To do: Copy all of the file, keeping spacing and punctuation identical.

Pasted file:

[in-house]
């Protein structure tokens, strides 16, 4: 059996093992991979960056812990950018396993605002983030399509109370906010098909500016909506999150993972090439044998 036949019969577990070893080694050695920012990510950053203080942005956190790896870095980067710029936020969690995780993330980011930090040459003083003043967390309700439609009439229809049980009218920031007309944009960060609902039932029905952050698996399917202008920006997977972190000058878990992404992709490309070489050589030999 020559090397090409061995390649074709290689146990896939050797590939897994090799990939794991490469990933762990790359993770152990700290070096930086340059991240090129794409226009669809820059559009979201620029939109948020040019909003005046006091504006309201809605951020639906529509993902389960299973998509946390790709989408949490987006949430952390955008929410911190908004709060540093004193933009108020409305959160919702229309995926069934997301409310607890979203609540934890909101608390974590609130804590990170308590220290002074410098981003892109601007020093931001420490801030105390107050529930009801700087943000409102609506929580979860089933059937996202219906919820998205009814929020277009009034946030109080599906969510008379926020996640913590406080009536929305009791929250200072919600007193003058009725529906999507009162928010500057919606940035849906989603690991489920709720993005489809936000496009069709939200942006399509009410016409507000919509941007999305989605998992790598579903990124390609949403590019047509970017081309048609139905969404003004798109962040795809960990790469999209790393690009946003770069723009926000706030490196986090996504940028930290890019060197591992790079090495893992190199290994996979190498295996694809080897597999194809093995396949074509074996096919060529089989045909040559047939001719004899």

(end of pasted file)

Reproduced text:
[in-house]
């Protein structure tokens, strides 16, 4: 059996093992991979960056812990950018396993605002983030399509109370906010098909500016909506999150993972090439044998 036949019969577990070893080694050695920012990510950053203080942005956190790896870095980067710029936020969690995780993330980011930090040459003083003043967390309700439609009439229809049980009218920031007309944009960060609902039932029905952050698996399917202008920006997977972190000058878990992404992709490309070489050589030999 020559090397090409061995390649074709290689146990896939050797590939897994090799990939794991490469990933762990790359993770152990700290070096930086340059991240090129794409226009669809820059559009979201620029939109948020040019909003005046006091504006309201809605951020639906529509993902389960299973998509946390790709989408949490987006949430952390955008929410911190908004709060540093004193933009108020409305959160919702229309995926069934997301409310607890979203609540934890909101608390974590609130804590990170308590220290002074410098981003892109601007020093931001420490801030105390107050529930009801700087943000409102609506929580979860089933059937996202219906919820998205009814929020277009009034946030109080599906969510008379926020996640913590406080009536929305009791929250200072919600007193003058009725529906999507009162928010500057919606940035849906989603690991489920709720993005489809936000496009069709939200942006399509009410016409507000919509941007999305989605998992790598579903990124390609949403590019047509970017081309048609139905969404003004798109962040795809960990790469999209790393690009946003770069723009926000706030490196986090996504940028930290890019060197591992790079090495893992190199290994996979190498295996694809080897597999194809093995396949074509074996096919060529089989045909040559047939001719004899």